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Aneuploid Responses

A recent exchange of papers is divided over the evidence for compensatory gene expression among wild strains of aneuploid yeast.

Catherine Offord
Catherine Offord

Catherine is a senior editor at The Scientist.

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DOSAGE DEBATE: Analyses of gene copy number in wild strains of aneuploid yeast (Saccharomyces cerevisiae) have come to different conclusions. © ISTOCK.COM/ALIENWORMZOND

EDITOR'S CHOICE IN GENETICS & GENOMICS

The paper
A.P. Gasch et al., “Further support for aneuploidy tolerance in wild yeast and effects of dosage compensation on gene copy-number evolution,” eLife, 5:e14409, 2016.

Chromosomal commotion
Like many organisms, lab yeast (Saccharomyces cerevisiae) is intolerant of aneuploidy. “In the lab strain that’s been most studied, cells with an extra copy of a chromosome have just crazy different expression across the transcriptome,” says yeast researcher Audrey Gasch of the University of Wisconsin–Madison. But wild yeast, Gasch’s team recently found, may not be so sensitive.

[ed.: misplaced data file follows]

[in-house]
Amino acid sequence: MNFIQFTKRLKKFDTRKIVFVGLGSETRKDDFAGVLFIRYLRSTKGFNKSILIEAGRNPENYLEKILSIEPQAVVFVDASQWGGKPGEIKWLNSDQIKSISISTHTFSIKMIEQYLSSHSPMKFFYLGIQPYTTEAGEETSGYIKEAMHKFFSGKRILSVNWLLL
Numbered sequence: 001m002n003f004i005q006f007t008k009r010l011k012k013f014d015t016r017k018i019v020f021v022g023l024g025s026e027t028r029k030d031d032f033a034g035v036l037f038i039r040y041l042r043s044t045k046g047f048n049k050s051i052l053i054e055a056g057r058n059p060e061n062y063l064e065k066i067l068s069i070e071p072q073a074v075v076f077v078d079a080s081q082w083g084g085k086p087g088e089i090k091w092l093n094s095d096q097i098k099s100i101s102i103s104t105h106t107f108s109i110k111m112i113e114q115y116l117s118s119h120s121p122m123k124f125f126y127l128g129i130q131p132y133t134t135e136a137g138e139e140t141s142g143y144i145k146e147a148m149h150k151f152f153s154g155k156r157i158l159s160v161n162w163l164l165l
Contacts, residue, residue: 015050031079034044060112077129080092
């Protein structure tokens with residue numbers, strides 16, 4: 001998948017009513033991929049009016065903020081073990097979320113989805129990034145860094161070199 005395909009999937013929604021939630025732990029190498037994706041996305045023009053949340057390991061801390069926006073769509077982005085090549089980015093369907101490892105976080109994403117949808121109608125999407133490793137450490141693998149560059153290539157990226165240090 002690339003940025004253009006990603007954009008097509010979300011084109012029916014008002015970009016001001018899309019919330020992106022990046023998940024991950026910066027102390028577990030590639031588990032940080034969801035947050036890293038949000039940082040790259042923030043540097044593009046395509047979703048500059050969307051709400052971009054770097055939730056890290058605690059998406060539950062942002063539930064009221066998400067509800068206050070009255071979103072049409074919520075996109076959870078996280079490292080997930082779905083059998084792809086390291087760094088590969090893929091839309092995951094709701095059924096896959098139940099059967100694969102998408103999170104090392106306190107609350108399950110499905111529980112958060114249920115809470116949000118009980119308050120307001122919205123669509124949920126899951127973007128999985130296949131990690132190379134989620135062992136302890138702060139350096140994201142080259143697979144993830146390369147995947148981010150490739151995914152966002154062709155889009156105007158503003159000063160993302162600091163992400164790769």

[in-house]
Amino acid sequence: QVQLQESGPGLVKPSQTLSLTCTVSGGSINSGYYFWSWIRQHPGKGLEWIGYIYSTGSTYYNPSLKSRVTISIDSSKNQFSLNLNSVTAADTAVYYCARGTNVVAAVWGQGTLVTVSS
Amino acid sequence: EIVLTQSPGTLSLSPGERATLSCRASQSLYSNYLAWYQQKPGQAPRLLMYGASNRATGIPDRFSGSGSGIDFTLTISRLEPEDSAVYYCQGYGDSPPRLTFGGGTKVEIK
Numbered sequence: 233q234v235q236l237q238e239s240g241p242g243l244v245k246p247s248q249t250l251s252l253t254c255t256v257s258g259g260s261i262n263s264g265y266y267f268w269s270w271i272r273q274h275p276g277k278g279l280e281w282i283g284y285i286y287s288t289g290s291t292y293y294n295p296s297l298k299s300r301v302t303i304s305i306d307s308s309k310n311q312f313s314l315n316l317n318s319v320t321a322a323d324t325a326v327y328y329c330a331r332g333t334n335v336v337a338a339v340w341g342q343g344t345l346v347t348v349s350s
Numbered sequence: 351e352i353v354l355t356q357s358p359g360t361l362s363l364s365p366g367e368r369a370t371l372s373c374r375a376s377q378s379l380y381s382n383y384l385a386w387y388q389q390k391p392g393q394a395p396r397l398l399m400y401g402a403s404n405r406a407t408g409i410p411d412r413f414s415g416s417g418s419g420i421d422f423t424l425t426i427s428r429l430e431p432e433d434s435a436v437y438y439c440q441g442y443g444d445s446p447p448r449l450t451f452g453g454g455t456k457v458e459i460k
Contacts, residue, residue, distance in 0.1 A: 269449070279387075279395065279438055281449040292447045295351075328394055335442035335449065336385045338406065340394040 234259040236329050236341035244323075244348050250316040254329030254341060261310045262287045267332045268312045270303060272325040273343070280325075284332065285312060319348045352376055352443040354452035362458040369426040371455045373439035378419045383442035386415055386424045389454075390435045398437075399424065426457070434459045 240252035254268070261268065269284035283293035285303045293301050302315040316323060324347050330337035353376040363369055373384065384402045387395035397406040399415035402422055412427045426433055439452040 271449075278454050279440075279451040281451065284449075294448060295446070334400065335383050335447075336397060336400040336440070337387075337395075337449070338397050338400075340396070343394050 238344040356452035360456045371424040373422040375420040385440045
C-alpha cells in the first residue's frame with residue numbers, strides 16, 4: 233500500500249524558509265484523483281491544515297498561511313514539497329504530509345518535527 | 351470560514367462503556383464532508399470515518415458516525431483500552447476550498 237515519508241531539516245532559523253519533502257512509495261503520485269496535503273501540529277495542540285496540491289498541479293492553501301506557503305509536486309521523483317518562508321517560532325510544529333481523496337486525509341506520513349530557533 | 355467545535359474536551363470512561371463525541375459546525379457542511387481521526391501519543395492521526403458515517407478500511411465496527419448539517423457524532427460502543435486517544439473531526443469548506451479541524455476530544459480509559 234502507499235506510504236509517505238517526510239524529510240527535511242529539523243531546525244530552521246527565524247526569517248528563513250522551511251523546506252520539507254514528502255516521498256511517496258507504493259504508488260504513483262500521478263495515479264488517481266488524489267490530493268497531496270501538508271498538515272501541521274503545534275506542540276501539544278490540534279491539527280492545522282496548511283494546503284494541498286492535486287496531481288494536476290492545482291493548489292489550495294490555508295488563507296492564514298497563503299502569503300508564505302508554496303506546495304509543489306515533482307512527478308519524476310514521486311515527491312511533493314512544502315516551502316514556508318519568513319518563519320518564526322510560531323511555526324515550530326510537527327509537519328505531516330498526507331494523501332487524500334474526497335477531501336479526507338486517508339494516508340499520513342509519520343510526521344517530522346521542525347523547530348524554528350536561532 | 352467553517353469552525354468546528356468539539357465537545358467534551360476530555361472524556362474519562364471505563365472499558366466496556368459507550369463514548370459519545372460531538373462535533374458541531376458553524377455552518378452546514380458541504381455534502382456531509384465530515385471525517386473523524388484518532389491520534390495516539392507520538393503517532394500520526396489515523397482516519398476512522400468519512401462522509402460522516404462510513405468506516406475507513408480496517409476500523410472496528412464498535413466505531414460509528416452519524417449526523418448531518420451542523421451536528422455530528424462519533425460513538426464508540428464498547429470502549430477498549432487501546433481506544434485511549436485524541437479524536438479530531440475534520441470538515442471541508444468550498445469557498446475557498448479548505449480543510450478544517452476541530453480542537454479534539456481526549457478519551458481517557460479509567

Expressing differences
In 2015, Gasch and colleagues published an analysis comparing RNA levels and DNA content in aneuploid strains of wild yeast (eLife, 4:e05462). Doubling gene-copy number ought to...

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